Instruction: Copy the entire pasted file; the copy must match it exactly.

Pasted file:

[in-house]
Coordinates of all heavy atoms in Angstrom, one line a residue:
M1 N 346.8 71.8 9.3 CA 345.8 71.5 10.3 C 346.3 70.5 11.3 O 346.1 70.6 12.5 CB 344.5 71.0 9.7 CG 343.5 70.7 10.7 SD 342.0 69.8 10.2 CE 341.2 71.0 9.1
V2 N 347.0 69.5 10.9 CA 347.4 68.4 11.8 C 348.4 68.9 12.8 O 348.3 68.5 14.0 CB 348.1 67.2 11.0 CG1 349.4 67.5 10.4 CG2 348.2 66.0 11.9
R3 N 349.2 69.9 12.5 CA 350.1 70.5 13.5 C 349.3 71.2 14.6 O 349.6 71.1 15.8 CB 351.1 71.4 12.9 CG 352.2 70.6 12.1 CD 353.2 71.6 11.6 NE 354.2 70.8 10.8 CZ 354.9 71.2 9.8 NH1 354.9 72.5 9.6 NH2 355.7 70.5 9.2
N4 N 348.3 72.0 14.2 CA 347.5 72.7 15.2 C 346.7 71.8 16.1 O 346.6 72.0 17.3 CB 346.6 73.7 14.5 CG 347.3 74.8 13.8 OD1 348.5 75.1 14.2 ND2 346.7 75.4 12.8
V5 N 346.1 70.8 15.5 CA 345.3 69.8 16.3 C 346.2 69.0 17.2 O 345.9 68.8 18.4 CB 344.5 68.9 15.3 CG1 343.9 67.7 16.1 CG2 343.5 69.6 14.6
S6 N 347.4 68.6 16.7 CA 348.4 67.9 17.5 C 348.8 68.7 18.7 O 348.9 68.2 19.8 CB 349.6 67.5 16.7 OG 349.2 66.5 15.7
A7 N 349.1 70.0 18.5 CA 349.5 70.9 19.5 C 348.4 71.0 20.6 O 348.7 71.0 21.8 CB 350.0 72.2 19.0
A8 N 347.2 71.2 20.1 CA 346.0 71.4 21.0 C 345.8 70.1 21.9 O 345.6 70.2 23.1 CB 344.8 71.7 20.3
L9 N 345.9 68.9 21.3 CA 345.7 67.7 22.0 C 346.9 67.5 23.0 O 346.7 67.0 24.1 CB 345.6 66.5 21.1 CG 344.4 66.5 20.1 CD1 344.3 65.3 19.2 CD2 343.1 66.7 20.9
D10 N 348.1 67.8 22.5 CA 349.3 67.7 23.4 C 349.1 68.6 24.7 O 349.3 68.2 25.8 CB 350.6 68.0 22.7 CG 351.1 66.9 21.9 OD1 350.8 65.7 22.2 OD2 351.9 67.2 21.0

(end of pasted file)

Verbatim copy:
[in-house]
Coordinates of all heavy atoms in Angstrom, one line a residue:
M1 N 346.8 71.8 9.3 CA 345.8 71.5 10.3 C 346.3 70.5 11.3 O 346.1 70.6 12.5 CB 344.5 71.0 9.7 CG 343.5 70.7 10.7 SD 342.0 69.8 10.2 CE 341.2 71.0 9.1
V2 N 347.0 69.5 10.9 CA 347.4 68.4 11.8 C 348.4 68.9 12.8 O 348.3 68.5 14.0 CB 348.1 67.2 11.0 CG1 349.4 67.5 10.4 CG2 348.2 66.0 11.9
R3 N 349.2 69.9 12.5 CA 350.1 70.5 13.5 C 349.3 71.2 14.6 O 349.6 71.1 15.8 CB 351.1 71.4 12.9 CG 352.2 70.6 12.1 CD 353.2 71.6 11.6 NE 354.2 70.8 10.8 CZ 354.9 71.2 9.8 NH1 354.9 72.5 9.6 NH2 355.7 70.5 9.2
N4 N 348.3 72.0 14.2 CA 347.5 72.7 15.2 C 346.7 71.8 16.1 O 346.6 72.0 17.3 CB 346.6 73.7 14.5 CG 347.3 74.8 13.8 OD1 348.5 75.1 14.2 ND2 346.7 75.4 12.8
V5 N 346.1 70.8 15.5 CA 345.3 69.8 16.3 C 346.2 69.0 17.2 O 345.9 68.8 18.4 CB 344.5 68.9 15.3 CG1 343.9 67.7 16.1 CG2 343.5 69.6 14.6
S6 N 347.4 68.6 16.7 CA 348.4 67.9 17.5 C 348.8 68.7 18.7 O 348.9 68.2 19.8 CB 349.6 67.5 16.7 OG 349.2 66.5 15.7
A7 N 349.1 70.0 18.5 CA 349.5 70.9 19.5 C 348.4 71.0 20.6 O 348.7 71.0 21.8 CB 350.0 72.2 19.0
A8 N 347.2 71.2 20.1 CA 346.0 71.4 21.0 C 345.8 70.1 21.9 O 345.6 70.2 23.1 CB 344.8 71.7 20.3
L9 N 345.9 68.9 21.3 CA 345.7 67.7 22.0 C 346.9 67.5 23.0 O 346.7 67.0 24.1 CB 345.6 66.5 21.1 CG 344.4 66.5 20.1 CD1 344.3 65.3 19.2 CD2 343.1 66.7 20.9
D10 N 348.1 67.8 22.5 CA 349.3 67.7 23.4 C 349.1 68.6 24.7 O 349.3 68.2 25.8 CB 350.6 68.0 22.7 CG 351.1 66.9 21.9 OD1 350.8 65.7 22.2 OD2 351.9 67.2 21.0